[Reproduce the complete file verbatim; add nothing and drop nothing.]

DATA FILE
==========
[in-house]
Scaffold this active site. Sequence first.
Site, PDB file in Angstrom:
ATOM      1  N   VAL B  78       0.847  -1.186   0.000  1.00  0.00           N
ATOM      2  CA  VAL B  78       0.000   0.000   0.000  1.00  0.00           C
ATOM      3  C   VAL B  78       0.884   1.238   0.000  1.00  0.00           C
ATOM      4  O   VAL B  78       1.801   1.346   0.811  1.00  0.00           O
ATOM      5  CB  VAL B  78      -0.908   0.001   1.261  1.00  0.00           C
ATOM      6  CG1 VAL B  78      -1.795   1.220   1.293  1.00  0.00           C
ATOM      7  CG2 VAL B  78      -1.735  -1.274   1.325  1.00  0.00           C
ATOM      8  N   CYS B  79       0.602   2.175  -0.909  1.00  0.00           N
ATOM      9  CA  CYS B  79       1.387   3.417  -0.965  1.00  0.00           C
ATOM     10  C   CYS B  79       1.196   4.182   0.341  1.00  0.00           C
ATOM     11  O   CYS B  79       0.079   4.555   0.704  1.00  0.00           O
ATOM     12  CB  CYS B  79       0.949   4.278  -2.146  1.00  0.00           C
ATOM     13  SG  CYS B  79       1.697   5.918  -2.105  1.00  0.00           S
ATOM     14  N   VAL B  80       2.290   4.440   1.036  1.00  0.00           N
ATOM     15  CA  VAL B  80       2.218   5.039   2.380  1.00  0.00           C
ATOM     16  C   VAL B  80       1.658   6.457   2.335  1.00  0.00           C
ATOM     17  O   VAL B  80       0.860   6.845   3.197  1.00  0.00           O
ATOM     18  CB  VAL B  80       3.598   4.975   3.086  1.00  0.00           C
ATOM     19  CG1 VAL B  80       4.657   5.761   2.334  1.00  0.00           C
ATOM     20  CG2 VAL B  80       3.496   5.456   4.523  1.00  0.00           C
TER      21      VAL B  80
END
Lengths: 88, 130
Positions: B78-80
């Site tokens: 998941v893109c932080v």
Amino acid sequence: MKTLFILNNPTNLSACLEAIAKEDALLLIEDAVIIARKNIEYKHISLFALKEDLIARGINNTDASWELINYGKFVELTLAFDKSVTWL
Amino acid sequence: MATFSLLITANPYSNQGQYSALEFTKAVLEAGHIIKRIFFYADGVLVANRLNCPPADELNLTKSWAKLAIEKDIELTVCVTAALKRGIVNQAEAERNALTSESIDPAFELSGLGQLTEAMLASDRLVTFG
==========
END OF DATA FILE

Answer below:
[in-house]
Scaffold this active site. Sequence first.
Site, PDB file in Angstrom:
ATOM      1  N   VAL B  78       0.847  -1.186   0.000  1.00  0.00           N
ATOM      2  CA  VAL B  78       0.000   0.000   0.000  1.00  0.00           C
ATOM      3  C   VAL B  78       0.884   1.238   0.000  1.00  0.00           C
ATOM      4  O   VAL B  78       1.801   1.346   0.811  1.00  0.00           O
ATOM      5  CB  VAL B  78      -0.908   0.001   1.261  1.00  0.00           C
ATOM      6  CG1 VAL B  78      -1.795   1.220   1.293  1.00  0.00           C
ATOM      7  CG2 VAL B  78      -1.735  -1.274   1.325  1.00  0.00           C
ATOM      8  N   CYS B  79       0.602   2.175  -0.909  1.00  0.00           N
ATOM      9  CA  CYS B  79       1.387   3.417  -0.965  1.00  0.00           C
ATOM     10  C   CYS B  79       1.196   4.182   0.341  1.00  0.00           C
ATOM     11  O   CYS B  79       0.079   4.555   0.704  1.00  0.00           O
ATOM     12  CB  CYS B  79       0.949   4.278  -2.146  1.00  0.00           C
ATOM     13  SG  CYS B  79       1.697   5.918  -2.105  1.00  0.00           S
ATOM     14  N   VAL B  80       2.290   4.440   1.036  1.00  0.00           N
ATOM     15  CA  VAL B  80       2.218   5.039   2.380  1.00  0.00           C
ATOM     16  C   VAL B  80       1.658   6.457   2.335  1.00  0.00           C
ATOM     17  O   VAL B  80       0.860   6.845   3.197  1.00  0.00           O
ATOM     18  CB  VAL B  80       3.598   4.975   3.086  1.00  0.00           C
ATOM     19  CG1 VAL B  80       4.657   5.761   2.334  1.00  0.00           C
ATOM     20  CG2 VAL B  80       3.496   5.456   4.523  1.00  0.00           C
TER      21      VAL B  80
END
Lengths: 88, 130
Positions: B78-80
């Site tokens: 998941v893109c932080v």
Amino acid sequence: MKTLFILNNPTNLSACLEAIAKEDALLLIEDAVIIARKNIEYKHISLFALKEDLIARGINNTDASWELINYGKFVELTLAFDKSVTWL
Amino acid sequence: MATFSLLITANPYSNQGQYSALEFTKAVLEAGHIIKRIFFYADGVLVANRLNCPPADELNLTKSWAKLAIEKDIELTVCVTAALKRGIVNQAEAERNALTSESIDPAFELSGLGQLTEAMLASDRLVTFG